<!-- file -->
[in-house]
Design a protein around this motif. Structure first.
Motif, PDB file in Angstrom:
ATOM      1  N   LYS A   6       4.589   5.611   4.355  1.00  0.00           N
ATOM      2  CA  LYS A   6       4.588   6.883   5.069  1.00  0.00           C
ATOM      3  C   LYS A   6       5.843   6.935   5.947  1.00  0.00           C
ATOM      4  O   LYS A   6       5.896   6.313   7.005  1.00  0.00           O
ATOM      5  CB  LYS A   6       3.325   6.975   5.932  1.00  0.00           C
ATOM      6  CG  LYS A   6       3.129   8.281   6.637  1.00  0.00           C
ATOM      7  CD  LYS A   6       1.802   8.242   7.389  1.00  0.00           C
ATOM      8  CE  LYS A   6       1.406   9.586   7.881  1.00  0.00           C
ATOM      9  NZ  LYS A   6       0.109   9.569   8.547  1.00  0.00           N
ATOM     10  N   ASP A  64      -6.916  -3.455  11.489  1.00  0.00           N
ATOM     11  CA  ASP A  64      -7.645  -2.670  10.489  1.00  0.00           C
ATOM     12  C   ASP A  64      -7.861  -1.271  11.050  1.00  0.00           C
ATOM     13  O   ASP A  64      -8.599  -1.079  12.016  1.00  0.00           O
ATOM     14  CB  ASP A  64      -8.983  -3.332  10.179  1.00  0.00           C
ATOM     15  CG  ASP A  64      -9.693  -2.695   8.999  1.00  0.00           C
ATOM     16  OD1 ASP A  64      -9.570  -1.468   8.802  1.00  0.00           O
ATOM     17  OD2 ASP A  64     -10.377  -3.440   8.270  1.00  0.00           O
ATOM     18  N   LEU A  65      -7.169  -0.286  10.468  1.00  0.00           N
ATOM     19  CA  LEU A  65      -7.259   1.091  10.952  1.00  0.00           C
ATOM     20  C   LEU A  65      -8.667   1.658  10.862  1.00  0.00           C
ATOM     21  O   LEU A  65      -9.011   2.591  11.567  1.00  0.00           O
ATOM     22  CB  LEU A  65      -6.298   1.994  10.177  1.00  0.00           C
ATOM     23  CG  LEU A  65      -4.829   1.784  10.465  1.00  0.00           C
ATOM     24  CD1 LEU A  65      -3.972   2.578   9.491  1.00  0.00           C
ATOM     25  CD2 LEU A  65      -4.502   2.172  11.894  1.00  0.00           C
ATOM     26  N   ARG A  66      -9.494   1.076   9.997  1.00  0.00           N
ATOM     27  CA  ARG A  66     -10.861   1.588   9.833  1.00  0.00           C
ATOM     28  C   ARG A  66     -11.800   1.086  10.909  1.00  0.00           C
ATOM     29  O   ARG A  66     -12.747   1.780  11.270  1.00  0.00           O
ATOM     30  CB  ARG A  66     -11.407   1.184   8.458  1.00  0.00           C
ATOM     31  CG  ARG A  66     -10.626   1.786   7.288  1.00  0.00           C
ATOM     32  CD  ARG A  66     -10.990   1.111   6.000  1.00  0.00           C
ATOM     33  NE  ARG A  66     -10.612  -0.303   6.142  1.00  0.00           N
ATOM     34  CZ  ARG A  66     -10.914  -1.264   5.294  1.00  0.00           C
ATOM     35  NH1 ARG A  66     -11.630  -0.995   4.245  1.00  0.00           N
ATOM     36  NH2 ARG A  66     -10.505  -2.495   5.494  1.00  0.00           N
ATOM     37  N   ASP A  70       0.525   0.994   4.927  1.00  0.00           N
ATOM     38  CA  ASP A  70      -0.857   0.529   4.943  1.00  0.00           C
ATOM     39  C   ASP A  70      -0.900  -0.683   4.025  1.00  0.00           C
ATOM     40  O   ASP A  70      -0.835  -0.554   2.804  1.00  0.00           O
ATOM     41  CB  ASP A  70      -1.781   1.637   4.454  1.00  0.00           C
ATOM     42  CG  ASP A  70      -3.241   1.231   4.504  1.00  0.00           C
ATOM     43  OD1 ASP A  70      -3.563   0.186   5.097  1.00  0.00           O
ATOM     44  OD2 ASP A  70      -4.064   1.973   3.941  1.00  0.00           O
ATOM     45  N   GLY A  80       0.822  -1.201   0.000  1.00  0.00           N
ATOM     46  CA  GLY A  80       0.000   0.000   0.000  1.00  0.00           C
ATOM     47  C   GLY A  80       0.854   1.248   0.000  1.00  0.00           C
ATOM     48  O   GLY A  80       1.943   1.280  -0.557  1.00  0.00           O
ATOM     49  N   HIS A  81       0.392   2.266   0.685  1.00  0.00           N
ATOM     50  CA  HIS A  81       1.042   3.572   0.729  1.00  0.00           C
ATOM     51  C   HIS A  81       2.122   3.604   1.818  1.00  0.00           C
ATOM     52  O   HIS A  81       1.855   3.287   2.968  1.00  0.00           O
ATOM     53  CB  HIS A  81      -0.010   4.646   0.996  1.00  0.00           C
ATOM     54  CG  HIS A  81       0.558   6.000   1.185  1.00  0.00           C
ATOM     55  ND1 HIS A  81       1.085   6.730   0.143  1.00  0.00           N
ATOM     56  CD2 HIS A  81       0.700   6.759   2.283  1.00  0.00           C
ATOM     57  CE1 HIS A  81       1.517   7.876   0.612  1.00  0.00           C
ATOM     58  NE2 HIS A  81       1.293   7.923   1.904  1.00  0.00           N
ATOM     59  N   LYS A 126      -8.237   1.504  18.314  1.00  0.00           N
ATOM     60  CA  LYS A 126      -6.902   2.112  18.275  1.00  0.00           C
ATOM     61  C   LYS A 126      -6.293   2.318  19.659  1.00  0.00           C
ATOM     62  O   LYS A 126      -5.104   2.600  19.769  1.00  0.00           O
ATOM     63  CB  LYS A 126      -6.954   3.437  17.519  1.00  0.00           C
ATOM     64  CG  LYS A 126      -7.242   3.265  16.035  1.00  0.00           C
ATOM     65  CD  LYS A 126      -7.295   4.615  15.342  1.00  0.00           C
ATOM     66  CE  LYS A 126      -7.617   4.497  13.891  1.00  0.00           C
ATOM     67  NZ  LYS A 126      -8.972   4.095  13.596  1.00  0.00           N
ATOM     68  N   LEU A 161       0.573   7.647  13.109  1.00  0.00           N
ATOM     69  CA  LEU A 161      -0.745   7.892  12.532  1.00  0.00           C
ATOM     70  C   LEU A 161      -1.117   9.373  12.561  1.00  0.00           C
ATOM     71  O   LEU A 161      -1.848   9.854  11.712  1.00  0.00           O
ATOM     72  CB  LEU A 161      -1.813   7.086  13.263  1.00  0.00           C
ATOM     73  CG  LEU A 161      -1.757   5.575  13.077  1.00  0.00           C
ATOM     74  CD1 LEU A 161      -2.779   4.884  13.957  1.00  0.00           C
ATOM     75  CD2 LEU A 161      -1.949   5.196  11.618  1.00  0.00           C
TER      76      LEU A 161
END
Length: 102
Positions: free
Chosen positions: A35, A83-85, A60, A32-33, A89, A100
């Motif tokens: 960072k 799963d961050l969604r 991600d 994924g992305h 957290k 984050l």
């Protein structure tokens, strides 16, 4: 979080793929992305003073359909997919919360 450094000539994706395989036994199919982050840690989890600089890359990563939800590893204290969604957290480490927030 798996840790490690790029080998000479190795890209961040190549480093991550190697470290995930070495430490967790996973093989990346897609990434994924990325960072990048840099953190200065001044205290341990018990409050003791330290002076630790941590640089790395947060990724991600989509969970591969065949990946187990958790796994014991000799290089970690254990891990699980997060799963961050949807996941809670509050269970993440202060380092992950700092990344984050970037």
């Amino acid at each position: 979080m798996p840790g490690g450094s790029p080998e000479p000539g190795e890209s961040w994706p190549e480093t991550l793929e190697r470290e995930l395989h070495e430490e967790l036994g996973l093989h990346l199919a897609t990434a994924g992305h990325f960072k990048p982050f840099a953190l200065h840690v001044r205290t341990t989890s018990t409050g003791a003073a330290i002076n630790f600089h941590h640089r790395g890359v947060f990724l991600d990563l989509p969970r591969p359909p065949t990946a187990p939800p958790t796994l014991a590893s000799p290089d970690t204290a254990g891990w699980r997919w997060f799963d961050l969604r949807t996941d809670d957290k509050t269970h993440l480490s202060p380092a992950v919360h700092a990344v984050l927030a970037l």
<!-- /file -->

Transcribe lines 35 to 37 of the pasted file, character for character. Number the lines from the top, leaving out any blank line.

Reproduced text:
ATOM     32  CD  ARG A  66     -10.990   1.111   6.000  1.00  0.00           C
ATOM     33  NE  ARG A  66     -10.612  -0.303   6.142  1.00  0.00           N
ATOM     34  CZ  ARG A  66     -10.914  -1.264   5.294  1.00  0.00           C